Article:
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wholesale pearlsGiven the region’s long history of natural pearling, there can be little doubt that the vaults of important dealers worldwide, including those in Europe and the Arabian Gulf, contain a large number of treasures gained from Australian waters.

Pinctada maxima in these waters indeed produce some of the finest known natural pearls in all sizes and shapes. But as production emphasis shifted to the highly successful “South Sea” cultured pearls, the casual observer began to overlook the natural pearl. And over the last few decades, the natural pearl even strayed from the minds of those most closely associated with the fishing of this incredible mollusk. Indeed, it had become economically unimportant to them.

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Thankfully, the focus is shifting again, and natural pearls from Pinctada maxima are now edging their way back into the minds of those who love all that is rare and beautiful (N. Paspaley, pers. comm., 2011). Perhaps due to the prevalence of snide, few records exist of notable natural specimens from Australian waters, even though it can be assumed that most, if not all, of the largest nacreous natural pearls have been the product of Pinctada maxima rather
than a smaller pearl oyster.

In P.O. Lennon’s interesting account of the Australian pearl industry, a plate illustrates several “empire” pearls and five “Indian” pearls (three drops and two rounds) weighing 9.32–48.92 grains. There are also six somewhat larger “Australian” pearls: one near-perfect round weighing 110 grains, two offrounds (18 and 20.80 grains), and three drops (a pair totaling 62.80 grains and a single weighing 86.80 grains). In August 1949, an account of a major pearl find was reported in the Northern Standard: More than five tones [sic] of pearl shell brought back to Darwin this week has been declared by local shell experts to be of the finest quality ever to be taken in Darwin waters, either before or since the war. The shell represents the catch of two luggers belonging to Mr. Nicholas Paspaley, who said it promised well for future operations of his fleet.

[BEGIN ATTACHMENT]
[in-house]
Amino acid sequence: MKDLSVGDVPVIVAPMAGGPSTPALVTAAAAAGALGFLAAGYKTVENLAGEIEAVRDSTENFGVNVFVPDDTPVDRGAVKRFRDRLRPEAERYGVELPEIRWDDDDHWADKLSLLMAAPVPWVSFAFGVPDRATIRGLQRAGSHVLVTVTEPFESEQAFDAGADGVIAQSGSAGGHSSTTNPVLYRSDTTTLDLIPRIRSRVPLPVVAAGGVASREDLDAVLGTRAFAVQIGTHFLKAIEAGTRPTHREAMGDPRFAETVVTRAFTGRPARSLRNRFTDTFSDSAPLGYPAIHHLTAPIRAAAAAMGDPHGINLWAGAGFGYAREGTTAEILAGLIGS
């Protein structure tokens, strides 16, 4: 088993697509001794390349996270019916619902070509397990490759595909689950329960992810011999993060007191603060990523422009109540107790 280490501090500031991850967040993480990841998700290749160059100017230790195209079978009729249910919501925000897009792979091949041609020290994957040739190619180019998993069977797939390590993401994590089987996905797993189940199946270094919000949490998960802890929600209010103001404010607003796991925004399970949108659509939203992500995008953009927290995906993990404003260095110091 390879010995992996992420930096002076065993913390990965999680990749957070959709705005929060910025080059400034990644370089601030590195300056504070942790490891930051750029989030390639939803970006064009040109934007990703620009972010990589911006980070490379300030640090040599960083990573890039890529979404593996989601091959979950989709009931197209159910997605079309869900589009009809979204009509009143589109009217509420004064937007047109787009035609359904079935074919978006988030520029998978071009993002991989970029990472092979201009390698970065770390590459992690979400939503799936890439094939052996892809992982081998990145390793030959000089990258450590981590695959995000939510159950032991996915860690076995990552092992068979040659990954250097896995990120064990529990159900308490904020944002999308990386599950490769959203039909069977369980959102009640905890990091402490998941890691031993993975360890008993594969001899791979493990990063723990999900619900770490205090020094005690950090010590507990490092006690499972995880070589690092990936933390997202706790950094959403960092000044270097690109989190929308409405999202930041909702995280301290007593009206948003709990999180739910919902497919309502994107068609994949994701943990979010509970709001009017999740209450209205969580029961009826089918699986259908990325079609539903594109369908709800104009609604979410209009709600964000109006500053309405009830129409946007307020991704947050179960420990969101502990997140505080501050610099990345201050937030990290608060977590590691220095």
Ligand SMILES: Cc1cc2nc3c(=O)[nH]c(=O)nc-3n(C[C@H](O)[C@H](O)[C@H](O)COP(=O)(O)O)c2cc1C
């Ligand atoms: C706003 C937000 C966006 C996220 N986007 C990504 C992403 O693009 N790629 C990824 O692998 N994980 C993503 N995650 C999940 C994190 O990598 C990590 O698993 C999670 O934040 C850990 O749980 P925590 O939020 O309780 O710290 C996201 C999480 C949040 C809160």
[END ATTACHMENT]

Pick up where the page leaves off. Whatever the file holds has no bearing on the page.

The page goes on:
In addition to the shell, the luggers brought back a perfect drop shaped pearl estimated to weigh between 50 and 60 grains. Local authorities say it is the best pearl taken in Darwin since operations commenced after the war. Mr. Paspaley said that last year he had taken a pearl weighing 106 grains but its quality was much inferior to the one brought in this week. (“Pearl shell,” 1949)

In 1917, a Japanese diver working for James Clark (the “Pearl King”) discovered the Star of the West, a 100-grain beauty also known as the Broome pearl. This specimen was described in the July 1918 edition of The Colonizer as a “perfect drop with a skin of iridescent luster diffused with a pinkish glow.” Other pearls of similar size are loosely recorded as the A. G. Russel, a 100-grain perfect round; the Eacott, a large drop; the Bardwell, a double button; the Rodriquez, a 92-grain perfect round; the 100-grain Hawke and Male; and the E. G. Archer, a 76-grain drop.

But the most storied Australian pearl is unquestionably the Southern Cross (figure 8). Kunz and Stevenson (1908) describe its history with both fascination and some disdain: The “Southern Cross” is an unusual pearl or rather cluster of pearls which attracted much attention twenty years ago. It consists of nine attached pearls forming a Roman cross about one and one half inches in length, seven pearls constituting the shaft or standard, while the arms are formed by one pearl on each side of the second one from the upper end. The luster is good, but the individual pearls are not perfect spheres, being mutually compressed at the point of juncture and considerably flattened at the back. If separated, the aggregate value of the individual pearls would be small, and the celebrity of the ornament is due almost exclusively to its form. This striking formation was exhibited at the Colonial and Indian Exhibition at London in 1886, and later at the Paris Exhibition in 1889, where it was the center of interest, and obtained a gold medal for the exhibitors. It is reported that an effort was made to bring about its sale at £10,000, the owners suggesting that it was especially appropriate for presentation to Leo XIII, on the occasion of his jubilee in 1896. The writers have been unable to obtain information as to its present location.